The NIP identifies infrastructure projects in multiple sectors, such as energy, environmental, transportation, telecommunications, security, and tourism. The largest sector is the energy sector, which is poised to receive approximately 47 percent of all investment with goals of achieving oil production of at least 2.5 million barrels per day and maintaining production of natural gas at around 5 billion cubic feet per day. The NIP identifies 17,598 kilometers of new highways and rural roads to be constructed and 1,418 kilometers of railroad. The NIP calls for five new ports and 3 new airports, along with the additional modernization of 22 ports and 31 airports. Major investment in the telecommunications sector is aimed at increasing mobile line coverage as well as internet usage and significant investment in water supply and sanitation will increase drinking water to 92 percent and sewerage to 88 percent. The infrastructure projects outlined in the NIP represent contractor, subcontractor and supplier opportunities for U.S. companies. Through the end of 2009, about US$94 billion will be invested in the NIP so far.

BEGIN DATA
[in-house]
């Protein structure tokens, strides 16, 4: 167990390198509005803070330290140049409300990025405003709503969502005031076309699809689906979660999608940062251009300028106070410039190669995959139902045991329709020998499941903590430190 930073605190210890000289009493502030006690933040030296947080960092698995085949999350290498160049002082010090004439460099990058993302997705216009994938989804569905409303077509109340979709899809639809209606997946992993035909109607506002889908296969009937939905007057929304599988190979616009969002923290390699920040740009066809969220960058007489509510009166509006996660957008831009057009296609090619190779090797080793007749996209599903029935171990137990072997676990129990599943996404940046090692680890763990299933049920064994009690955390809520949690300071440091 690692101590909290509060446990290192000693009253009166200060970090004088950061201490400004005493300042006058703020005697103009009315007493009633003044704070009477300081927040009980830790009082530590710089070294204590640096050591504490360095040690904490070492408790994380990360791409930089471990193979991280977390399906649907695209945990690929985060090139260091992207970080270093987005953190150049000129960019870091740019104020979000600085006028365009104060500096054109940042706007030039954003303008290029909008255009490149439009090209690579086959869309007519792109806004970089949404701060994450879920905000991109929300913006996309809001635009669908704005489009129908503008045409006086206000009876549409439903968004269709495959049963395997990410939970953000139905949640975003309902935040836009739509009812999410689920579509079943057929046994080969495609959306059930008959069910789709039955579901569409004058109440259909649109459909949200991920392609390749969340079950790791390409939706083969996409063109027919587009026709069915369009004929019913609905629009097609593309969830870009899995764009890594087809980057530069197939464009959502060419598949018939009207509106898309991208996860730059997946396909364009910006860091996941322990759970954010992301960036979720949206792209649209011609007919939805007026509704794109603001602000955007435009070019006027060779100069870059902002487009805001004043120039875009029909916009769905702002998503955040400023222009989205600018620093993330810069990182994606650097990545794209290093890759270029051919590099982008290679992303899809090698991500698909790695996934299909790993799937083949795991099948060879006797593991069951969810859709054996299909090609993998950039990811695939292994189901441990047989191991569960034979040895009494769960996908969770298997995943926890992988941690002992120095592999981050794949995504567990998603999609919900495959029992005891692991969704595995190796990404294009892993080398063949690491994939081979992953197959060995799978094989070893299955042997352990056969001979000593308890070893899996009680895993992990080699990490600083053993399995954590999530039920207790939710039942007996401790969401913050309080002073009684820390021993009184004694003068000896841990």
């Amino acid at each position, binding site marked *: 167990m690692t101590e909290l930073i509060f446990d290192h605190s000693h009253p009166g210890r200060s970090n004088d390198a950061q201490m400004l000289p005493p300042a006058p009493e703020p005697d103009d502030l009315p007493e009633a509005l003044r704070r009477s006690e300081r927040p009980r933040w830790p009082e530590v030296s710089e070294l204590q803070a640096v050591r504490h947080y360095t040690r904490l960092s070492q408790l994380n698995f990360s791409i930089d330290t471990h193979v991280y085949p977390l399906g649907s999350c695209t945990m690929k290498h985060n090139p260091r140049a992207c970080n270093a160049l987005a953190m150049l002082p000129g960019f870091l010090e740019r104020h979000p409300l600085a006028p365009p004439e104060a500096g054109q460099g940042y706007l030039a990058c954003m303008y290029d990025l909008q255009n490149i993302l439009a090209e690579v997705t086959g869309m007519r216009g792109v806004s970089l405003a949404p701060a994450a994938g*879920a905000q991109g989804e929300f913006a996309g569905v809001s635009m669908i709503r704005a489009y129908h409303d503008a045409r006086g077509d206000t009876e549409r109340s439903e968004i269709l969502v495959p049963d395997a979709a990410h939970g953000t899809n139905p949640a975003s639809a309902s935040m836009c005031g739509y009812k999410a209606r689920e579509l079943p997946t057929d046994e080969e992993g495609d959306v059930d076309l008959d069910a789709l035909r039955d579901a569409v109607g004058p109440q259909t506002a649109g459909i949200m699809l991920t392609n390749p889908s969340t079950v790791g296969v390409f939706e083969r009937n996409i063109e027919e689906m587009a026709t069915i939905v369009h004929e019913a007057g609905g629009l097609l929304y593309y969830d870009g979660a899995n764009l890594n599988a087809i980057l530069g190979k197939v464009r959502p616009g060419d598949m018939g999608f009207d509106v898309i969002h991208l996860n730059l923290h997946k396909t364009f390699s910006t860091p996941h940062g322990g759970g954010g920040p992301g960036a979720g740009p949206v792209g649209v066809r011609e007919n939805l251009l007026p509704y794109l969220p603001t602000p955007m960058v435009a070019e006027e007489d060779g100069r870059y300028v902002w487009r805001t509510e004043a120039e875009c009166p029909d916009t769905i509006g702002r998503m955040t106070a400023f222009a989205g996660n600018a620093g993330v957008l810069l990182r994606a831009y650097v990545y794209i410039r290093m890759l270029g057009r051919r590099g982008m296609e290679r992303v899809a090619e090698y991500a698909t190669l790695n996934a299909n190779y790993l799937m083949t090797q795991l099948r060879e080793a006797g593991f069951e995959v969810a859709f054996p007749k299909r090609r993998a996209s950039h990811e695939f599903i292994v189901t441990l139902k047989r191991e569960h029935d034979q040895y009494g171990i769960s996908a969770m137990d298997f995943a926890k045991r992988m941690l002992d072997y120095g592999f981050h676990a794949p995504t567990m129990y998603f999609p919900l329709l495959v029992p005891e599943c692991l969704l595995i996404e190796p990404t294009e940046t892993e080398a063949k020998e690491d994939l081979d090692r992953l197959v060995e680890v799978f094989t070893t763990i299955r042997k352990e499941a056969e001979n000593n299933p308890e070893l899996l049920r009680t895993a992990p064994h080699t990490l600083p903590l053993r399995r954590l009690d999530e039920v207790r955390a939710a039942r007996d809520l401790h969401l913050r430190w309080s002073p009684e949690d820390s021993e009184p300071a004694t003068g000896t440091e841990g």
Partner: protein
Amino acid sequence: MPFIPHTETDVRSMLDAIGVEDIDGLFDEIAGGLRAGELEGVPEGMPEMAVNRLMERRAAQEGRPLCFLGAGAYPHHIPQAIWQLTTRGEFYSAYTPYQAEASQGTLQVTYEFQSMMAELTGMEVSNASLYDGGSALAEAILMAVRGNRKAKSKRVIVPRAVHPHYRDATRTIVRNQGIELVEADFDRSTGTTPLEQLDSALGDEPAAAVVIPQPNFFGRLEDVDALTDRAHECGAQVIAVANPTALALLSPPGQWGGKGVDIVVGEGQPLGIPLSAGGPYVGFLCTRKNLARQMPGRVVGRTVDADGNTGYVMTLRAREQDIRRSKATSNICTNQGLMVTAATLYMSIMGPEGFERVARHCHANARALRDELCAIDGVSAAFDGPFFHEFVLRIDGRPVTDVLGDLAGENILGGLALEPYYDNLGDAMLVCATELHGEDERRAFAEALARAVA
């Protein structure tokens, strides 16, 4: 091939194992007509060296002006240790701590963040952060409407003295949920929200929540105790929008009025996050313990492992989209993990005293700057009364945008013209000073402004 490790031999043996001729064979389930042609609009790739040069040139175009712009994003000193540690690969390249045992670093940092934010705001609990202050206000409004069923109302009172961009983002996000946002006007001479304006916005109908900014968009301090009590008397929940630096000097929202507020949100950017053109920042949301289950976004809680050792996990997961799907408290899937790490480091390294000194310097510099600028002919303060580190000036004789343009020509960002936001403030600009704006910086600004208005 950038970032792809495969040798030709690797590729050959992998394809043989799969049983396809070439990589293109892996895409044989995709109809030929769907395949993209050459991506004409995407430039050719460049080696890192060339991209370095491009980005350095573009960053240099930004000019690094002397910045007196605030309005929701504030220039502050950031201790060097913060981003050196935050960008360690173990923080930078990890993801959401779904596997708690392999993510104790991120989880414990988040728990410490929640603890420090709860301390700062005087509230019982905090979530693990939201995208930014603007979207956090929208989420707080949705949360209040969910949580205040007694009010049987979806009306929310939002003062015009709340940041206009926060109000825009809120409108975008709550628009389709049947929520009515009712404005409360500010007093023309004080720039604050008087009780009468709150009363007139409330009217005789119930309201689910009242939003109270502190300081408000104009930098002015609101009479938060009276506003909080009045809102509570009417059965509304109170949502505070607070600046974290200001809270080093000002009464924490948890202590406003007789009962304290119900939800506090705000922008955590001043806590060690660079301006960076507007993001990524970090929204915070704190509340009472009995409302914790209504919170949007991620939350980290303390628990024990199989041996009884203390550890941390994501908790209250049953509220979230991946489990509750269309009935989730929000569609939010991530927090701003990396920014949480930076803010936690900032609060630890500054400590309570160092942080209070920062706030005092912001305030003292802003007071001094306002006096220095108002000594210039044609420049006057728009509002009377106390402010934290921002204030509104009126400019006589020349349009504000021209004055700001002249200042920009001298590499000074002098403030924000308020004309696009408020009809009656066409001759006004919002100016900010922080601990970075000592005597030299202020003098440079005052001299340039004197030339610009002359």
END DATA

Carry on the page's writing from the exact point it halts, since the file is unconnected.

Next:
On November 19, 2009, top Mexican officials convened at the Mexico Infrastructure Conference: Portfolio of Infrastructure Projects for 2010, sponsored by the U.S.-Mexico Chamber of Commerce and Banobras, the Mexican National Development Bank. The unprecedented conference was held in New York and was Mexico's plea to the private sector to join an accelerated effort to develop infrastructure projects in the remaining years of the NIP and President Calderon's term in office. Mexico's Ministers and Federal Agencies' CEOs gathered for the first time to describe recent policy, legal, and monetary changes that have been implemented to make the projects more attractive to potential investors. Multimillion dollar infrastructure projects which have not been launched were also presented and discussed.